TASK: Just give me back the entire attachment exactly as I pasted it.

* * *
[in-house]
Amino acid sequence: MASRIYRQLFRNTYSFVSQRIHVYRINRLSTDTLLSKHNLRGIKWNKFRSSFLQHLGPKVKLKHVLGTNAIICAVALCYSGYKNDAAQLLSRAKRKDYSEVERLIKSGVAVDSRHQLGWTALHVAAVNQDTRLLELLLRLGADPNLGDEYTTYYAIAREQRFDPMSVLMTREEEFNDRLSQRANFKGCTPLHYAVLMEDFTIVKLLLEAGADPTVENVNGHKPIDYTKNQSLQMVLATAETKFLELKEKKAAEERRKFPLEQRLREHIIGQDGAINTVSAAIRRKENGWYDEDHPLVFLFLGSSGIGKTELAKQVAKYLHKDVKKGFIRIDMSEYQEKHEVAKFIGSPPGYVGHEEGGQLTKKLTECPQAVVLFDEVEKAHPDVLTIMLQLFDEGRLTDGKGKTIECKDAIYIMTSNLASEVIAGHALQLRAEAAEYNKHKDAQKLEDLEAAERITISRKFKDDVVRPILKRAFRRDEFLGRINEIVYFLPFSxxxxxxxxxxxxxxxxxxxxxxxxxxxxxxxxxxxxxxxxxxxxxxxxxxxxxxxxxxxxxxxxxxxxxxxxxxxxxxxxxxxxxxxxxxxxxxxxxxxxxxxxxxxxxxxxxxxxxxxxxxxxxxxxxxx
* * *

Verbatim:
[in-house]
Amino acid sequence: MASRIYRQLFRNTYSFVSQRIHVYRINRLSTDTLLSKHNLRGIKWNKFRSSFLQHLGPKVKLKHVLGTNAIICAVALCYSGYKNDAAQLLSRAKRKDYSEVERLIKSGVAVDSRHQLGWTALHVAAVNQDTRLLELLLRLGADPNLGDEYTTYYAIAREQRFDPMSVLMTREEEFNDRLSQRANFKGCTPLHYAVLMEDFTIVKLLLEAGADPTVENVNGHKPIDYTKNQSLQMVLATAETKFLELKEKKAAEERRKFPLEQRLREHIIGQDGAINTVSAAIRRKENGWYDEDHPLVFLFLGSSGIGKTELAKQVAKYLHKDVKKGFIRIDMSEYQEKHEVAKFIGSPPGYVGHEEGGQLTKKLTECPQAVVLFDEVEKAHPDVLTIMLQLFDEGRLTDGKGKTIECKDAIYIMTSNLASEVIAGHALQLRAEAAEYNKHKDAQKLEDLEAAERITISRKFKDDVVRPILKRAFRRDEFLGRINEIVYFLPFSxxxxxxxxxxxxxxxxxxxxxxxxxxxxxxxxxxxxxxxxxxxxxxxxxxxxxxxxxxxxxxxxxxxxxxxxxxxxxxxxxxxxxxxxxxxxxxxxxxxxxxxxxxxxxxxxxxxxxxxxxxxxxxxxxxx